This page within Virginia Tort Case Law is a compilation of cases reported by the Virginia Supreme Court and summarized by Brien Roche dealing with the topic of Wrongful Death Limitations.
2007 Harmon v. Sadjadi, 273 Va. 184, 639 S.E.2d 294.
In this medical malpractice action, a foreign personal representative not qualified in Virginia filed suit in Virginia and then nonsuited. He later qualified as the personal representative in Virginia and filed suit within one year of that date. That action was timely filed.
2003 Fowler v. Winchester Med. Ctr., 266 Va. 131, 580 S.E.2d 816.
Medical malpractice involving wrongful death wherein West Virginia administrator filed suit in Virginia without qualifying in Virginia. The West Virginia probate proceeding had been terminated and, as such, the administrator was no longer the administrator even in the state of West Virginia. The subsequent filing of suit by that administrator in Virginia was improper and was time-barred. Case properly dismissed. If the West Virginia administrator still held that position and the probate estate had not been terminated, then that improper filing of the lawsuit would have tolled statute of limitations. The fact that the administrator’s status had been terminated even in the state of West Virginia meant that there was not an identity of parties between West Virginia and the eventual administrator in the state of Virginia.
1998 Riddett v. Virginia Elec. & Power Co., 255 Va. 23, 495 S.E.2d 819.
Wrongful death action arising from death in 1987 was non-suited in January, 1995, refiled in June, 1995. Action is time barred. When original action was filed only four days of two-year limitation period remained. As such, when plaintiff non-suited she had four days to refile pursuant to tolling provisions of Va. Code § 8.01-244(B). This refiled action was therefore time barred.
1993 Jones v. R.S. Jones & Assocs., 246 Va. 3, 429 S.E.2d 875.
Law of place of injury will govern as to all matters going to basis of right of action itself, while law of forum controls all that is connected with remedy. In this wrongful death action where death occurred in State of Florida, court held that limitation period is as much part of statute creating wrongful death actions as if it was contained within that section itself, and as such limitation period will be deemed to be substantive. Therefore, two-year limitation period of Florida applies rather than one year catchall of Virginia.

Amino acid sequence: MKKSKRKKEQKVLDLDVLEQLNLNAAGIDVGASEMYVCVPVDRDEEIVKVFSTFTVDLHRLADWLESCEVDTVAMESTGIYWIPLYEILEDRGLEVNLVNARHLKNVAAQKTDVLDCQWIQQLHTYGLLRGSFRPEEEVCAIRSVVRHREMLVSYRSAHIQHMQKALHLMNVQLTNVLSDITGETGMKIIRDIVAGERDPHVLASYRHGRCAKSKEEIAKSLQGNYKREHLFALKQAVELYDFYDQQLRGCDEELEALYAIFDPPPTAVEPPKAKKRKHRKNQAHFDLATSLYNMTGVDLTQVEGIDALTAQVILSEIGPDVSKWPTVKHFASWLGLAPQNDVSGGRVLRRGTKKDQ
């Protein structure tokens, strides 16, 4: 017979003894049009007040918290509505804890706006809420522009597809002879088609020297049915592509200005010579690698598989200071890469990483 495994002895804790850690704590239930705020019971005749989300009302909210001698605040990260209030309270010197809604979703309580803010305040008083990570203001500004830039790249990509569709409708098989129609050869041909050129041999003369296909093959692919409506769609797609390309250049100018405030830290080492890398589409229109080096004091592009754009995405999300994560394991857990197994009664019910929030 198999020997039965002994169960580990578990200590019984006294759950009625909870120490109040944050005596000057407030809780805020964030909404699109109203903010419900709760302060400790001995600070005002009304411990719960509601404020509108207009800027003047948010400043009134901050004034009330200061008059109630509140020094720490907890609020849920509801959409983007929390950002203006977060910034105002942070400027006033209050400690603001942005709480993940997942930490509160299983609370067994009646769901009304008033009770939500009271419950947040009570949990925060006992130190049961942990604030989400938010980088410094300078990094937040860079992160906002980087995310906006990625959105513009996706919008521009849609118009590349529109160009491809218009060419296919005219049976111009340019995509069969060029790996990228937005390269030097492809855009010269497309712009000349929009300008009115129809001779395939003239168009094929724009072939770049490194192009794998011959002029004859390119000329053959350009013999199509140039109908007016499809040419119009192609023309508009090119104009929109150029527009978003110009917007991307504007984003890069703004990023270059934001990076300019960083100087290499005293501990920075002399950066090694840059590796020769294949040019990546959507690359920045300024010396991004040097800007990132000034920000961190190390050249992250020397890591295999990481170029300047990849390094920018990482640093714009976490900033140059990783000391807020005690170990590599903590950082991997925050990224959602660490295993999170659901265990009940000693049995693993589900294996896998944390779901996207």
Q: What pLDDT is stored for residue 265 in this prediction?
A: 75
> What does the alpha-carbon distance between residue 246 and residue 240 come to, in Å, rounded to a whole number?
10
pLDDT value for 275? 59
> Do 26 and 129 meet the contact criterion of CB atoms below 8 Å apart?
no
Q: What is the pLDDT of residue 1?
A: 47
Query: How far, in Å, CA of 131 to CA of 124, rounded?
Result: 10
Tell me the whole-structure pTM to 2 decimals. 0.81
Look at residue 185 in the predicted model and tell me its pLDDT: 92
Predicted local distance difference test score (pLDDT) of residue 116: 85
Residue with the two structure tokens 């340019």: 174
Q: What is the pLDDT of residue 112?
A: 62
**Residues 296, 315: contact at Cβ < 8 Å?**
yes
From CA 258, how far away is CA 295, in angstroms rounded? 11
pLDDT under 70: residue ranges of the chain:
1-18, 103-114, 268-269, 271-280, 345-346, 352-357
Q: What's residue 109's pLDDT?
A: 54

1993 Wertz v. Grubbs, 245 Va. 67, 425 S.E.2d 500.
Tolling provision of Medical Malpractice Act applies to two-year limitation period contained in Wrongful Death Act.
1960 Scott v. Nance, 202 Va. 355, 117 S.E.2d 279.
Virginia Wrongful Death Act provides that if action is commenced within one year of death, and for any reason abates without determination of merits, time action is pending shall not be counted as part of one-year period.
1958 Sherley v. Lotz, 200 Va. 173, 104 S.E.2d 795.
Accident in Tennessee. Action not brought under Virginia Wrongful Death Act. General statute of limitations of Virginia controls, i.e., one year from date of injury.
1956 McDaniel v. Carolina Pulp Co., 198 Va. 612, 95 S.E.2d 201.
Filing of suit by administrator even though he is foreign administrator, tolls statute of limitations and period of pendency of that suit is excluded from statutory period, if suit is dismissed and refiled by resident administrator.
1955 Norwood v. Buffey, 196 Va. 1051, 86 S.E.2d 809.
Plaintiff administrator brought action for wrongful death within one-year period, took voluntary nonsuit after statute of limitations had expired and reinstituted his action that same day. Latter action was not barred by statute of limitations.
1946 Street v. Consumer’s Mining Corp., 185 Va. 561, 39 S.E.2d 271.
Cause of action accrues when wrong is committed, and in absence of some act of concealment by wrongdoer, mere ignorance of injured party of actionable wrong will not suspend statute. Where statute of limitations has run at time of death of injured party, then no action may be maintained. Cause of action begins to run at time of accident, not on day of death.
For more information on wrongful death see the pages on Wikipedia.